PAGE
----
When politics is the sure way to wealth then we must contend with the un-ending campaign mood in the country

Posted by on 13th June 2018

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We’re barely 8months into the ‘new’ administration and the politics of 2022 has taken over-completely eclipsing the administration’s much touted big four agenda or the charade we’re being treated to in the name of fighting corruption. But in a country where more than 90% of the rich are politicians this shouldn’t come as a surprise.

More than once, both the President and his deputy have told us that the campaigns are over and it’s time to work; only they were being naïve to the forces of politics and indeed the dynamics of our politics or perhaps it was a rhetoric to the opposition that was gaining steam with their calls of illegitimacy.

Whatever the case, we can’t, and we’ll not stop with useless politicking at the expense of real development until we address the fundamental flaws in our democratic system.

To begin with, elections in Kenya are an expensive affair. It doesn’t matter how passionate you are about this country or the amazing ideas you have; if you’re not rich, simply forget it. And it’s partly the reason why women can’t compete with men in competitive elections. They don’t have the so called ‘war chest’ that can allow them to tanga tanga around in a bid to put up a good fight when the day of reckoning comes, but I digress.

The foundation of our politics; thanks to the founding fathers is based on little or no ideology but realpolitik-which is rather skewed towards Machiavellianism. It’s the reason our politics has never really been about ideologies or us the politicians like to call it, issues. It’s the reason these forefathers could amass wealth without any moral dilemma and subsequently pass these ‘values’ to the next set of leaders.

It’s quite sad that our political forefathers were so allergic to democracy that they killed multiparty politics right at birth-which could have given us a chance to campaign on ideologies as the country had yet to be galvanized around tribalism and or cronyism. By the time President Moi was giving us multiparty politics as a ‘gift,’ it was already a poisoned chalice.

The only thing to celebrate after 26years of multiparty politics is that a dictator left power-or so we thought-and that we’ve had at the very least, a new constitution-which those in power cherry-pick sections they will obey and live by.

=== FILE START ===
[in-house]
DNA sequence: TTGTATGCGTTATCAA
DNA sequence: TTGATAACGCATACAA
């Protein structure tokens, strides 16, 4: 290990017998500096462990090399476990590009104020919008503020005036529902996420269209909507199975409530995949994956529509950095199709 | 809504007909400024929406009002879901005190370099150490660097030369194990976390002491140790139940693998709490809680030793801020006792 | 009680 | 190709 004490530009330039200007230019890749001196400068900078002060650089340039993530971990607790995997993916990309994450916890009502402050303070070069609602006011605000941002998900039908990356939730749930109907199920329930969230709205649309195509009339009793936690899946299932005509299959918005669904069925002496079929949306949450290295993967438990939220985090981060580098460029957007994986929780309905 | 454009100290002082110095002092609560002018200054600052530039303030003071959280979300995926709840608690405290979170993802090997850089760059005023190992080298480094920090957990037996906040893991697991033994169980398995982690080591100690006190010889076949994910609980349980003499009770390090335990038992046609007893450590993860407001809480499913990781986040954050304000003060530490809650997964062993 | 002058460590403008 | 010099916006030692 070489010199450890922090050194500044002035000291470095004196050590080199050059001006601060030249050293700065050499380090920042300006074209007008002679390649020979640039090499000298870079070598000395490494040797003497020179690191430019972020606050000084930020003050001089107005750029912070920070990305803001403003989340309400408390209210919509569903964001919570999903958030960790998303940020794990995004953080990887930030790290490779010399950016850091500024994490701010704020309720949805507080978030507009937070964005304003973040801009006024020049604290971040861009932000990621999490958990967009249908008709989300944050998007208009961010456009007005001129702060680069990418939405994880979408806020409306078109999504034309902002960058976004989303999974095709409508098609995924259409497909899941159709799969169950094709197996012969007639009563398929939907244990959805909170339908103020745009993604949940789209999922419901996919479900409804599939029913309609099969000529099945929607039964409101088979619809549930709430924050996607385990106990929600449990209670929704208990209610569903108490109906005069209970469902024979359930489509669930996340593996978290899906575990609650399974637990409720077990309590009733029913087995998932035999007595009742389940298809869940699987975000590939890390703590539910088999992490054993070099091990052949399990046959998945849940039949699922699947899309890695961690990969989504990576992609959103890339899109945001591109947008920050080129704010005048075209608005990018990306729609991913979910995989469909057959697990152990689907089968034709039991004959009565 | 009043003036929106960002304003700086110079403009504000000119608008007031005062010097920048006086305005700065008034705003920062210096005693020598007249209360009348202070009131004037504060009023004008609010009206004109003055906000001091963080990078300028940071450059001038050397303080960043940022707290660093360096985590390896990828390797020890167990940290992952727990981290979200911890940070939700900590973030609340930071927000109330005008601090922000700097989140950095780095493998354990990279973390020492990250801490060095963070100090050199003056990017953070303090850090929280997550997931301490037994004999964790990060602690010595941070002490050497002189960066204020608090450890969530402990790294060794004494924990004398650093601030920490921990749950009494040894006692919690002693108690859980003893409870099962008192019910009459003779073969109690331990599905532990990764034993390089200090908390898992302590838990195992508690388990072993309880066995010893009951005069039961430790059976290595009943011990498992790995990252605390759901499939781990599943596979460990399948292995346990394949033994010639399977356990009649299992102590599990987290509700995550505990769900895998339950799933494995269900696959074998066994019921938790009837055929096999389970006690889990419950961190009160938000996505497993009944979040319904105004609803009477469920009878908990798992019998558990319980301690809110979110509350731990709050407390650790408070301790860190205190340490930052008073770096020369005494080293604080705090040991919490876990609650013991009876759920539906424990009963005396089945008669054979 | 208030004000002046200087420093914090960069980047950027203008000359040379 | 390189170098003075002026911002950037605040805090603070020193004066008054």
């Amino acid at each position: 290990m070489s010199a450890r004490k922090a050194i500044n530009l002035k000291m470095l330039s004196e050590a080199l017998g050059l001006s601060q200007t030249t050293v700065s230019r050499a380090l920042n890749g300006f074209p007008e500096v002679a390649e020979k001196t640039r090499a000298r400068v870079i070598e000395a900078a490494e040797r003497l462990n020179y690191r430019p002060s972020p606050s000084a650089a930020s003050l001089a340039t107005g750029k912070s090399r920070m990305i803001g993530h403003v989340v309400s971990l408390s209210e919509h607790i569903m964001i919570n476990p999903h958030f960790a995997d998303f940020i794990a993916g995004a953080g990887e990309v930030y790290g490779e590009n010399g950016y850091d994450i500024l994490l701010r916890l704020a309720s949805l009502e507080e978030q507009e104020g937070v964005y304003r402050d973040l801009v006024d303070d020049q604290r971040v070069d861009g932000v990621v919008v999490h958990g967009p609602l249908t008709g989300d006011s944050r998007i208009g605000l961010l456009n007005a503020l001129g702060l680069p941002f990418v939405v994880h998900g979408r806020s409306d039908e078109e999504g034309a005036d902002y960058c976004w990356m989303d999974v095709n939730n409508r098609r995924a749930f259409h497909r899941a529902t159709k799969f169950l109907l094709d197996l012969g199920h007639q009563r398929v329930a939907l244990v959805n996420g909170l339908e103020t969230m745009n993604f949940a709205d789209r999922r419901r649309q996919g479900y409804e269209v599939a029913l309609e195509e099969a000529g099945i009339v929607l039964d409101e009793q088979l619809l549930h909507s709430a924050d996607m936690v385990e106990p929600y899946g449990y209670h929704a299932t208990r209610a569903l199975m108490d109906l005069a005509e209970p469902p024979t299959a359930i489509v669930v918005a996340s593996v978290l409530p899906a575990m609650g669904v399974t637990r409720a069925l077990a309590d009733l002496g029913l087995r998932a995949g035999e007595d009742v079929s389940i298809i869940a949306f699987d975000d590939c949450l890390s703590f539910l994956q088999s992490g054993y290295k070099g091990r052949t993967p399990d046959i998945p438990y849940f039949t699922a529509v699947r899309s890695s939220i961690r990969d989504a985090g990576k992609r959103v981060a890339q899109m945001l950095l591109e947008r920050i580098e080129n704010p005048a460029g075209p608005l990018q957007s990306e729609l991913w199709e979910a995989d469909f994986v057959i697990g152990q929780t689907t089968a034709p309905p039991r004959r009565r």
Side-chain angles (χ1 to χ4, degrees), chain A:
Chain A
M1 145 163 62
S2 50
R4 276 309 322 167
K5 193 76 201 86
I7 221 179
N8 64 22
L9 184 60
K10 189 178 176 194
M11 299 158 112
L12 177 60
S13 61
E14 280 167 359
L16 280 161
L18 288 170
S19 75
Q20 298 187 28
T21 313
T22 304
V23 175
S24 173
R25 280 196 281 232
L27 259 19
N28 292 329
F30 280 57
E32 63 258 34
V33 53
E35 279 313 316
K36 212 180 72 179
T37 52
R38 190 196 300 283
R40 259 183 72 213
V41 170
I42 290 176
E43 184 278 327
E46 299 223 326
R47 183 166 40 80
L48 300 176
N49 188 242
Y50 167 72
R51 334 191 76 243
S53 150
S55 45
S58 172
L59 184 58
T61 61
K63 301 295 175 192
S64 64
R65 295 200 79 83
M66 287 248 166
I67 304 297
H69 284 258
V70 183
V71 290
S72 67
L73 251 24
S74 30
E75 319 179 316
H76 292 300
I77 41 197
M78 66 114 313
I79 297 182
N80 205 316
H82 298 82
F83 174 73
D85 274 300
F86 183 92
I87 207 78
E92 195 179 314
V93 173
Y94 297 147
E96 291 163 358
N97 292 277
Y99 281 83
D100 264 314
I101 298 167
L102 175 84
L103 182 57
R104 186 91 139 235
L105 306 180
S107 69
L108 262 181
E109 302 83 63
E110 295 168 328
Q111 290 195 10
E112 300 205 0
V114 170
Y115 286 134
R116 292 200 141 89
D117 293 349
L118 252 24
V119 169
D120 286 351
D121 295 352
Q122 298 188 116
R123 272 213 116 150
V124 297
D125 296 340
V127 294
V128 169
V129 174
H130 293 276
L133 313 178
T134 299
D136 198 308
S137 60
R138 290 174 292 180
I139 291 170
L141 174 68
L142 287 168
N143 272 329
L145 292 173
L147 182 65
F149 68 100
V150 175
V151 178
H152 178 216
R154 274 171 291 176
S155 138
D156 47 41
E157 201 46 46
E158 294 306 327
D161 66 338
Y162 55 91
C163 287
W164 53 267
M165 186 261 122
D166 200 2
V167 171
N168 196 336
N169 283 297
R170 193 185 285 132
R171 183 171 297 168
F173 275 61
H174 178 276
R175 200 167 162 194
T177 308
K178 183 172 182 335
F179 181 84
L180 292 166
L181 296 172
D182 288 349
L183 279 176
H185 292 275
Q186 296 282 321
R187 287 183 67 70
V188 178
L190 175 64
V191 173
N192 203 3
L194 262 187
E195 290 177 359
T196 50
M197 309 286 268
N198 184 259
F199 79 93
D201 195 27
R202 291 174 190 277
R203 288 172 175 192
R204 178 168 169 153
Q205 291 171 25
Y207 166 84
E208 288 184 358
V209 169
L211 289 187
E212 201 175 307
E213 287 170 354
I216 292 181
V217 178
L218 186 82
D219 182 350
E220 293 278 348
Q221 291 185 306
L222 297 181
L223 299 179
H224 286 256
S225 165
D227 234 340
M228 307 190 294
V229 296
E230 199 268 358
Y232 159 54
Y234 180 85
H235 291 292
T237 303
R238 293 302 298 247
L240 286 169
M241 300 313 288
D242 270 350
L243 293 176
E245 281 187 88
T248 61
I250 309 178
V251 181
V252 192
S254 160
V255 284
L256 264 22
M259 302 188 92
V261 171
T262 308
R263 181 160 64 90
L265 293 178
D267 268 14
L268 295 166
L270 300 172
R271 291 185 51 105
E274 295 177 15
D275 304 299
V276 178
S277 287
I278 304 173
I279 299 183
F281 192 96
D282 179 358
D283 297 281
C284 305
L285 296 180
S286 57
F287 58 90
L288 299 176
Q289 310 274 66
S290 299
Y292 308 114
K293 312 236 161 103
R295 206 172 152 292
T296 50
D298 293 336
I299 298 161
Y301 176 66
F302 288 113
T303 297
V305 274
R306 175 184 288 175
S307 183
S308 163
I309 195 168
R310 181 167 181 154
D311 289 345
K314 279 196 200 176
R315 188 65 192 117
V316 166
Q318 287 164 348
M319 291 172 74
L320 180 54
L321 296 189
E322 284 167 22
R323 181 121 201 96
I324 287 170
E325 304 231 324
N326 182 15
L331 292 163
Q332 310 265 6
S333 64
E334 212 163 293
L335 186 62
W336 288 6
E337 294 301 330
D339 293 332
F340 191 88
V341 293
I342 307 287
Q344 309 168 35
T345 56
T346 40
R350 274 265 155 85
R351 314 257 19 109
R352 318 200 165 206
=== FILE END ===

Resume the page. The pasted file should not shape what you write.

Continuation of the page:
Otherwise, our politics is still oppressive to the common man and glorifies those in power. Our political leaders are unashamedly corrupt and the same way our forefathers opted for an odd version of realpolitik to avoid dealing with the moral dilemmas of the day; the present political leaders have perfected it.

The all important question however is, why the perpetual campaign mood? Why would an elected MP for instance who has his work cut out, choose instead to engage in politics that’s 4 years away? The simple answer is they spend a fortune to get elected and need to recover that money for those who sponsored them or their companies-if self-sponsored. There’s a more complex answer that we can’t deal with comprehensively at the moment.

It’s the reason as someone pointed out; every regime must have an economic scandal. Moi’s was the Goldenberg; Kibaki’s was the Anglo-leasing and the present administration has a litany of scandals and we’re not sure we’ve witnessed the last of it yet, seeing as there appears to be an ongoing cold war within the administration. Nonetheless, all these scandals are about one objective-maintaining or acquiring power.

Forget the ongoing charade and the tough talk on corruption. The better way to kill the perennial campaign mood and with it, these corruption scandals, is to change how we play our politics. A beginning point is to implement the campaign financing by IEBC, including caps on individual contributions to candidates, total campaign expenditures, and political parties’ contributions.

This will deal with the ‘powerful business men’ funding political parties or individuals and the need to create scandals to build Sh.200 billion war-chests. And hopefully, MPs will spend less time pandering to party leaders and their ambitions and focus on representing Wanjiku.

1 Comment

  • by hellen on 19th June 2018

    i really like kenyan politics